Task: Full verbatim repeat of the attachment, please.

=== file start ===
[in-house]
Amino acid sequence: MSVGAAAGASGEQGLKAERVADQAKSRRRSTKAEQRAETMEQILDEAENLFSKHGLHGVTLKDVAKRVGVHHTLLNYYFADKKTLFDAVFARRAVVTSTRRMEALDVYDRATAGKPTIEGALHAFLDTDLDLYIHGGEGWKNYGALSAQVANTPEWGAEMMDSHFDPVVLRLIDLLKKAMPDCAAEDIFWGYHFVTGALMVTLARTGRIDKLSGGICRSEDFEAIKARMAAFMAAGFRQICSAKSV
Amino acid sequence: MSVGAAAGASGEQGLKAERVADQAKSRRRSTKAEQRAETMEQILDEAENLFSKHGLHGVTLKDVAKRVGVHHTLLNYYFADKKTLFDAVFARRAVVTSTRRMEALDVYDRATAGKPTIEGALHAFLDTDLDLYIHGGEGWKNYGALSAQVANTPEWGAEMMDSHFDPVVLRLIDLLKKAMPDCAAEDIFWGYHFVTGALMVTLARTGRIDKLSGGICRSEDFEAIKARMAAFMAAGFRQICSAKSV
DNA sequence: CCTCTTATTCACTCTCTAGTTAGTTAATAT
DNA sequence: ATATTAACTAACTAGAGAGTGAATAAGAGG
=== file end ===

[in-house]
Amino acid sequence: MSVGAAAGASGEQGLKAERVADQAKSRRRSTKAEQRAETMEQILDEAENLFSKHGLHGVTLKDVAKRVGVHHTLLNYYFADKKTLFDAVFARRAVVTSTRRMEALDVYDRATAGKPTIEGALHAFLDTDLDLYIHGGEGWKNYGALSAQVANTPEWGAEMMDSHFDPVVLRLIDLLKKAMPDCAAEDIFWGYHFVTGALMVTLARTGRIDKLSGGICRSEDFEAIKARMAAFMAAGFRQICSAKSV
Amino acid sequence: MSVGAAAGASGEQGLKAERVADQAKSRRRSTKAEQRAETMEQILDEAENLFSKHGLHGVTLKDVAKRVGVHHTLLNYYFADKKTLFDAVFARRAVVTSTRRMEALDVYDRATAGKPTIEGALHAFLDTDLDLYIHGGEGWKNYGALSAQVANTPEWGAEMMDSHFDPVVLRLIDLLKKAMPDCAAEDIFWGYHFVTGALMVTLARTGRIDKLSGGICRSEDFEAIKARMAAFMAAGFRQICSAKSV
DNA sequence: CCTCTTATTCACTCTCTAGTTAGTTAATAT
DNA sequence: ATATTAACTAACTAGAGAGTGAATAAGAGG